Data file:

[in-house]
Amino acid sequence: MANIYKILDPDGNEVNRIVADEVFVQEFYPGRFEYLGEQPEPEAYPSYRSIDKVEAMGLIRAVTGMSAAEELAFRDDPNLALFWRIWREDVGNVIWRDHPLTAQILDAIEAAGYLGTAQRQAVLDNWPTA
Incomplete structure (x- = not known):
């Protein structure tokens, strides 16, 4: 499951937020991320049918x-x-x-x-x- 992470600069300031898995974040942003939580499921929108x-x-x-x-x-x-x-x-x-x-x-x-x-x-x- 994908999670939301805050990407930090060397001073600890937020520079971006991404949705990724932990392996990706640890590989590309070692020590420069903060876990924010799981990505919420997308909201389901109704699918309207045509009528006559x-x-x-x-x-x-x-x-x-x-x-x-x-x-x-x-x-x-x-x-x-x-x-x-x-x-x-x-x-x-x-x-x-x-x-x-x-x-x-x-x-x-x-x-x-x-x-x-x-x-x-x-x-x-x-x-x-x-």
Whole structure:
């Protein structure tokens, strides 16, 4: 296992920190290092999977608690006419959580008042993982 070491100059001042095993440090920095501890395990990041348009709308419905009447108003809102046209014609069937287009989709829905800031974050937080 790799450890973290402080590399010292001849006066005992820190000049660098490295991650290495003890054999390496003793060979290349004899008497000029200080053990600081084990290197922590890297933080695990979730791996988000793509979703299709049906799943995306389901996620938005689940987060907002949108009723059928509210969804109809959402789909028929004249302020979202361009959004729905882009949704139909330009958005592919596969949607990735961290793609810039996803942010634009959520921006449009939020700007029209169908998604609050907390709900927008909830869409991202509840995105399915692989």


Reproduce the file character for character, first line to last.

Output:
[in-house]
Amino acid sequence: MANIYKILDPDGNEVNRIVADEVFVQEFYPGRFEYLGEQPEPEAYPSYRSIDKVEAMGLIRAVTGMSAAEELAFRDDPNLALFWRIWREDVGNVIWRDHPLTAQILDAIEAAGYLGTAQRQAVLDNWPTA
Incomplete structure (x- = not known):
């Protein structure tokens, strides 16, 4: 499951937020991320049918x-x-x-x-x- 992470600069300031898995974040942003939580499921929108x-x-x-x-x-x-x-x-x-x-x-x-x-x-x- 994908999670939301805050990407930090060397001073600890937020520079971006991404949705990724932990392996990706640890590989590309070692020590420069903060876990924010799981990505919420997308909201389901109704699918309207045509009528006559x-x-x-x-x-x-x-x-x-x-x-x-x-x-x-x-x-x-x-x-x-x-x-x-x-x-x-x-x-x-x-x-x-x-x-x-x-x-x-x-x-x-x-x-x-x-x-x-x-x-x-x-x-x-x-x-x-x-």
Whole structure:
């Protein structure tokens, strides 16, 4: 296992920190290092999977608690006419959580008042993982 070491100059001042095993440090920095501890395990990041348009709308419905009447108003809102046209014609069937287009989709829905800031974050937080 790799450890973290402080590399010292001849006066005992820190000049660098490295991650290495003890054999390496003793060979290349004899008497000029200080053990600081084990290197922590890297933080695990979730791996988000793509979703299709049906799943995306389901996620938005689940987060907002949108009723059928509210969804109809959402789909028929004249302020979202361009959004729905882009949704139909330009958005592919596969949607990735961290793609810039996803942010634009959520921006449009939020700007029209169908998604609050907390709900927008909830869409991202509840995105399915692989």